The Profound Desire of the Gods
Vivid color and magnificent CinemaScope
Thu November 8
2007, 7:00 only
The robust good looks of Shohei Imamura's 1968 Cinemascope epic ''The Profound Desire of the Gods'' only heighten the perverse quality of the action, and Mr. Imamura's ribald, casually comic direction has much the same effect. This three-hour film makes an ideal introduction to the maverick qualities of this film maker's idiosyncratic style.
At some moments sounding a note of bizarre domestic comedy, and at other times attempting tragedy of mythic proportions, ''The Profound Desire of the Gods'' is nothing if not far-reaching. It unfolds on the tiny, remote island paradise of Kuragejima, in the Ryukyu Islands, and it concerns the Futori family, who are widely regarded as beasts by their neighbors. As the film demonstrates, there is a certain amount of justification for this. The Futori family history is rich with incestuous unions, forbidden practices and punishments from both fellow islanders and the gods.
So one of the family members, a man named Nekichi (Rentaro Mikuni), has been chained in a pit for his crimes; his sister and onetime lover, Uma (Yasuko Matsui), has become the much-abused mistress of the manager (Yoshi Kato) of a local mill. Another Futori is the wanton, feebleminded Toriko (Hideko Okiyama), who scampers about happily in a burlap sack and is much too popular with the local men. There are also a venerable, mischievous grandfather and a grandson named Kametaro (Choichiro Kawarazaki), who remains understandably confused about his lineage. And there is a certain majesty to all this squalor, for the gods who founded Kuragejima are said to have been as incestuous as the Futoris themselves.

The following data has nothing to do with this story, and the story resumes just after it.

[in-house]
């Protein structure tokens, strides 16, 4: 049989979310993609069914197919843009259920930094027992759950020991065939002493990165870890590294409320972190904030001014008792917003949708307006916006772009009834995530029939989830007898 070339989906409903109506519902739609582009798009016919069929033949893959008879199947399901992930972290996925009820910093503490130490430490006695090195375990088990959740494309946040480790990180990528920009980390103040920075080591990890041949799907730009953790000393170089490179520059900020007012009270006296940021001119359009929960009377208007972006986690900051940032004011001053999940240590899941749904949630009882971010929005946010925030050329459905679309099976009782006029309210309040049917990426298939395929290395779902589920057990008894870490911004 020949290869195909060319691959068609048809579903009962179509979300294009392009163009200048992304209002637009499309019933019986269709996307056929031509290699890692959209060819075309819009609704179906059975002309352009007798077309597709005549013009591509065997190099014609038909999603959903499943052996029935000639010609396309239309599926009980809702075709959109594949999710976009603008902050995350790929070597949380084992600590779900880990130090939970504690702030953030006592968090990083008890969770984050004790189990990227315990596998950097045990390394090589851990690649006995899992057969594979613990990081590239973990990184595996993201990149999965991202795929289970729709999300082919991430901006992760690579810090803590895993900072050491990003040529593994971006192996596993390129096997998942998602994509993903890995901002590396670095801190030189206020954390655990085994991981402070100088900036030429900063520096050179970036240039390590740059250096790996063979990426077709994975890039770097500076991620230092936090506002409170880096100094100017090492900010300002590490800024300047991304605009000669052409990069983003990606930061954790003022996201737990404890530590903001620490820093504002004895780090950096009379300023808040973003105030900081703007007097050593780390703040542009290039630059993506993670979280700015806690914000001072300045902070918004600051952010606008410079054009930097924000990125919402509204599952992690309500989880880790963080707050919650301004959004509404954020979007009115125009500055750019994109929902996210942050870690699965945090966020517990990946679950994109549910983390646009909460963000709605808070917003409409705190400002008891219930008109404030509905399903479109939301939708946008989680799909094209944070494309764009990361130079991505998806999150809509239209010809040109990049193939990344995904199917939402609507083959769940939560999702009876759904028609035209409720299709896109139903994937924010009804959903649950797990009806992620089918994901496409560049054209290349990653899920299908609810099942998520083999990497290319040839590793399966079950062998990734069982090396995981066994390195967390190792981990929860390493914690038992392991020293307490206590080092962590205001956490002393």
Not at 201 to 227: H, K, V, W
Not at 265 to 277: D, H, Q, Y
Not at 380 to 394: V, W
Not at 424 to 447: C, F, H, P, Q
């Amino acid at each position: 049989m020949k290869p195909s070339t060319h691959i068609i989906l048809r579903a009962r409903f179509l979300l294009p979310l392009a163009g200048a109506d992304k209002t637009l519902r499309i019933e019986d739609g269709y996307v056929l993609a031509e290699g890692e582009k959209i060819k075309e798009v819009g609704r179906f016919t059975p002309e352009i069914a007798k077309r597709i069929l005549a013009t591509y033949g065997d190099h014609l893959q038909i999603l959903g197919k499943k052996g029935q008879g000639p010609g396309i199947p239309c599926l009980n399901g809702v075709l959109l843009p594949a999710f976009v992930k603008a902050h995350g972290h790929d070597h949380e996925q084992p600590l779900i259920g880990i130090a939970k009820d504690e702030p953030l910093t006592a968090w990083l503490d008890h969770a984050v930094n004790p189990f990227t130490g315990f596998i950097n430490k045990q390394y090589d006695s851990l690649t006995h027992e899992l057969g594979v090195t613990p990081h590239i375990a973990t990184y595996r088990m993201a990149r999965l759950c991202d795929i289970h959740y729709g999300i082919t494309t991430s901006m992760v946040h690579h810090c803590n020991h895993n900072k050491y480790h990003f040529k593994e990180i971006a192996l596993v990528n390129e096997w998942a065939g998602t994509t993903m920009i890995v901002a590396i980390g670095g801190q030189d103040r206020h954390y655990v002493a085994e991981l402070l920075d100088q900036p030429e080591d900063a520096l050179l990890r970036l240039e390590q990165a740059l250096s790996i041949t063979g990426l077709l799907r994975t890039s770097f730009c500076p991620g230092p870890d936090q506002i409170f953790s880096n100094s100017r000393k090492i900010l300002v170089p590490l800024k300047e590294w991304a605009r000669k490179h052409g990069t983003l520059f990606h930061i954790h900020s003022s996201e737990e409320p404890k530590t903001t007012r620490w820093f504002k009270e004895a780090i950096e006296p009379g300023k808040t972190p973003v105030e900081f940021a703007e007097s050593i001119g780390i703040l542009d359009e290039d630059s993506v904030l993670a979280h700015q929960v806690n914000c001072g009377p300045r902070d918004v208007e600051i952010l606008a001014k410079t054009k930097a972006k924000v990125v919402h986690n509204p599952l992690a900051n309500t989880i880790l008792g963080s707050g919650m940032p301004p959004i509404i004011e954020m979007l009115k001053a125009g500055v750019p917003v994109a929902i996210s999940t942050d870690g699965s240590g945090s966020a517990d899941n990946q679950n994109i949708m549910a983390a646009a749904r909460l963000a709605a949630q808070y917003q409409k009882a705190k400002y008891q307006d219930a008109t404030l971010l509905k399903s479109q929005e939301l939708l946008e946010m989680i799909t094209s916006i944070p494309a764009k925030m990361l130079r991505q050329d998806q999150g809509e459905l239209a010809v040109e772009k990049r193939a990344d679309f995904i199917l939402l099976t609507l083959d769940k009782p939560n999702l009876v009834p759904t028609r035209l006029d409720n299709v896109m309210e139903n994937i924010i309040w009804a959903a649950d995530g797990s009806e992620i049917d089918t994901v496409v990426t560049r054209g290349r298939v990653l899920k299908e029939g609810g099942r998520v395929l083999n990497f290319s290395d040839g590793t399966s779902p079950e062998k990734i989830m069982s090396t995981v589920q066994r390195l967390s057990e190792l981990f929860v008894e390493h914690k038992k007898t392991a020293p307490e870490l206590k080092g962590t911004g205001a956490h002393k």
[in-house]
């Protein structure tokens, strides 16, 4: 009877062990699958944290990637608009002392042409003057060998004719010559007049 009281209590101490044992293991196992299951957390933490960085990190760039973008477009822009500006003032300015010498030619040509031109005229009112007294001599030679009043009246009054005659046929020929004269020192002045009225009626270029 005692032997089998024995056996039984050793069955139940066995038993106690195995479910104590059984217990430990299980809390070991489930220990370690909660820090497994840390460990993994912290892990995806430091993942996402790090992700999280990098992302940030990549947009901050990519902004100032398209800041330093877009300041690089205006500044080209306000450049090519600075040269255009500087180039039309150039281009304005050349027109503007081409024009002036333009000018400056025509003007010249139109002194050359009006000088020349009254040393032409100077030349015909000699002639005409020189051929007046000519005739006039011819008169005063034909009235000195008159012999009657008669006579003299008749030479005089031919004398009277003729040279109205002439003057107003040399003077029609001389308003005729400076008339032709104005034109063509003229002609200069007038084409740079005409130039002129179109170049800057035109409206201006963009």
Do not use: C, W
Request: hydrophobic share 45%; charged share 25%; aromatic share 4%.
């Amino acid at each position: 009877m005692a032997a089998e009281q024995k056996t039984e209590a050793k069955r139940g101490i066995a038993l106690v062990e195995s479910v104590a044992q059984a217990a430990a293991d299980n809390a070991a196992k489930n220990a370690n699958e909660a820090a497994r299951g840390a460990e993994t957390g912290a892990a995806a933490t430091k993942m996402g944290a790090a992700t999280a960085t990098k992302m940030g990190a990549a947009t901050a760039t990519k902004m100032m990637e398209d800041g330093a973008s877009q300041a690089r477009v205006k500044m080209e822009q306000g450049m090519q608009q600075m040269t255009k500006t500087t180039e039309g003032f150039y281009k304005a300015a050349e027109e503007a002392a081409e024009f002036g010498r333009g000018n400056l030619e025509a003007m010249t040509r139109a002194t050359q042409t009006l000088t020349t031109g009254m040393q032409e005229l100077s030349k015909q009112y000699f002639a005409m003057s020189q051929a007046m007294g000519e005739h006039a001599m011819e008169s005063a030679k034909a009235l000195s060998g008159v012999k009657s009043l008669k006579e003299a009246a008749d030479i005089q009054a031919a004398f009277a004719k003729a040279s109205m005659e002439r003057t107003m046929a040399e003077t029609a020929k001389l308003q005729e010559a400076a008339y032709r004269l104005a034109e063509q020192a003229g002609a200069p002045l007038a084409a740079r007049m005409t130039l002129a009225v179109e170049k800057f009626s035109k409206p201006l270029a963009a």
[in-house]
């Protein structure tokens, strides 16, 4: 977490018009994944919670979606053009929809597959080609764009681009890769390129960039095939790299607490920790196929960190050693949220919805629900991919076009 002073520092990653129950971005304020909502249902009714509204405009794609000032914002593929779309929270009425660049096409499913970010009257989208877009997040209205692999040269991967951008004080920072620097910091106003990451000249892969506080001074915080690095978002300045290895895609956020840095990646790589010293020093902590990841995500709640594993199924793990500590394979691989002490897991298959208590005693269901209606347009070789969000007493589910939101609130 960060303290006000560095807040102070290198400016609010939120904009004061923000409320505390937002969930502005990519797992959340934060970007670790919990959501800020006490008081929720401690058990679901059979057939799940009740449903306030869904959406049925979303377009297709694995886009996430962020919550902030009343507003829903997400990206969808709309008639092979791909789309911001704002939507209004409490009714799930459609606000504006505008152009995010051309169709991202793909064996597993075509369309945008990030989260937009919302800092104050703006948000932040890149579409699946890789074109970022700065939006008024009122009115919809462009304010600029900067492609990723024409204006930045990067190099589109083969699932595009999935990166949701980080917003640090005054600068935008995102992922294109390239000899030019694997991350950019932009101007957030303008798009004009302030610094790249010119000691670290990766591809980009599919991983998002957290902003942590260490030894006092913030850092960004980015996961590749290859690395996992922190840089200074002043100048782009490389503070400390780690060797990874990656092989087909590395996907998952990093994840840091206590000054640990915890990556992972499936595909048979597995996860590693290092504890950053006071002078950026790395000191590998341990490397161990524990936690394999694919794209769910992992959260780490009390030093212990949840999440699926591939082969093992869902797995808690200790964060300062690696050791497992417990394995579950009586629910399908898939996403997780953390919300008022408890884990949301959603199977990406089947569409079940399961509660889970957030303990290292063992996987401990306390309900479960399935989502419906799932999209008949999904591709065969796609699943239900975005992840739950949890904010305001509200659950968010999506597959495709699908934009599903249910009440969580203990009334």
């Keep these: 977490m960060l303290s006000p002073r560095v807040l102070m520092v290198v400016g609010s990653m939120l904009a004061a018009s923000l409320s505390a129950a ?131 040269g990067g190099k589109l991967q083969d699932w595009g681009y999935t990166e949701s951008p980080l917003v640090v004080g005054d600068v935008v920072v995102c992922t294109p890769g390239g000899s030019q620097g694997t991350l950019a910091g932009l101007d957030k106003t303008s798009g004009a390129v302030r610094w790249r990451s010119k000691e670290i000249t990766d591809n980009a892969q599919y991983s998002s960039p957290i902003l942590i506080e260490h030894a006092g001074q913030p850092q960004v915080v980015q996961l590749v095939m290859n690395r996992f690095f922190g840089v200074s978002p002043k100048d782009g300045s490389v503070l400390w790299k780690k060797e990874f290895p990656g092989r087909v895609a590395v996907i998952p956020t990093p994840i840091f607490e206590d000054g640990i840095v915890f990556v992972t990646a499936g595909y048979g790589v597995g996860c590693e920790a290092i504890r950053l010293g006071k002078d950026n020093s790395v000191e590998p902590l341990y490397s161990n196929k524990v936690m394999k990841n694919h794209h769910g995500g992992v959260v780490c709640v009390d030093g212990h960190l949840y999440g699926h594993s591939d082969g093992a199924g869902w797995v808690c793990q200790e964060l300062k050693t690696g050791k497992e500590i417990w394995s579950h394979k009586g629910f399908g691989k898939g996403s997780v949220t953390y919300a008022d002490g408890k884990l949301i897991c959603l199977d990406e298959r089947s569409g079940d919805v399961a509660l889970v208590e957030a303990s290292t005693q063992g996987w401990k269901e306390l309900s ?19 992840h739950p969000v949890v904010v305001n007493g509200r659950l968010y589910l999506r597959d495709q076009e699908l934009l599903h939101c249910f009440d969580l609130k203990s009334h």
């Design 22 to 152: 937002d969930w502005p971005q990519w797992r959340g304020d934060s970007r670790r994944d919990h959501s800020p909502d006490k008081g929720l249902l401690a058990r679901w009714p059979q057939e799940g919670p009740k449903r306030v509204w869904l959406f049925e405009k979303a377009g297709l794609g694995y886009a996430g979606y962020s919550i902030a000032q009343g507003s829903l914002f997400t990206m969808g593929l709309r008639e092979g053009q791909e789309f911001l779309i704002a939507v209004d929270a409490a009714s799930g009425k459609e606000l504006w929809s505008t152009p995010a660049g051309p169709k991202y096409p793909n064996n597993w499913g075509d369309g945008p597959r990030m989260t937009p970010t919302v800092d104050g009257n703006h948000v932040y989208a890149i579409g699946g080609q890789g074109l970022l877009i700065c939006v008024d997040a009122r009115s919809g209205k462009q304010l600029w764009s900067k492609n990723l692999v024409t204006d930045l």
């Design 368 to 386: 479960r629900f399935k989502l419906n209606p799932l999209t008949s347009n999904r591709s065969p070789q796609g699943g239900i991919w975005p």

The early parts of the film unfold in a sunny, unhurried, halfway humorous style, as Mr. Imamura documents the peculiarities of the Futori household. And there are frequent shots of the exotic sea and land creatures that live side by side with the islanders, suggestive of another dimension. Indeed, these glimpses of nature are specifically equated with divinity, and the film creates a strong sense of all-knowing, ever-present unseen powers. In one scene, the village storyteller sings of Kuragejima's gods and goddesses to a group of children, while a snake slithers placidly in the foreground.
A subplot introduces a bespectabled engineer (Kazuo Kitamura) who has come from Tokyo to help modernize Kuragejima. Having no understanding of the local people's deep superstitious and religious convictions, this engineer is a ready source of low-keyed comedy as he tries to adapt his plans to the local customs. (J. Maslin, New York Times)
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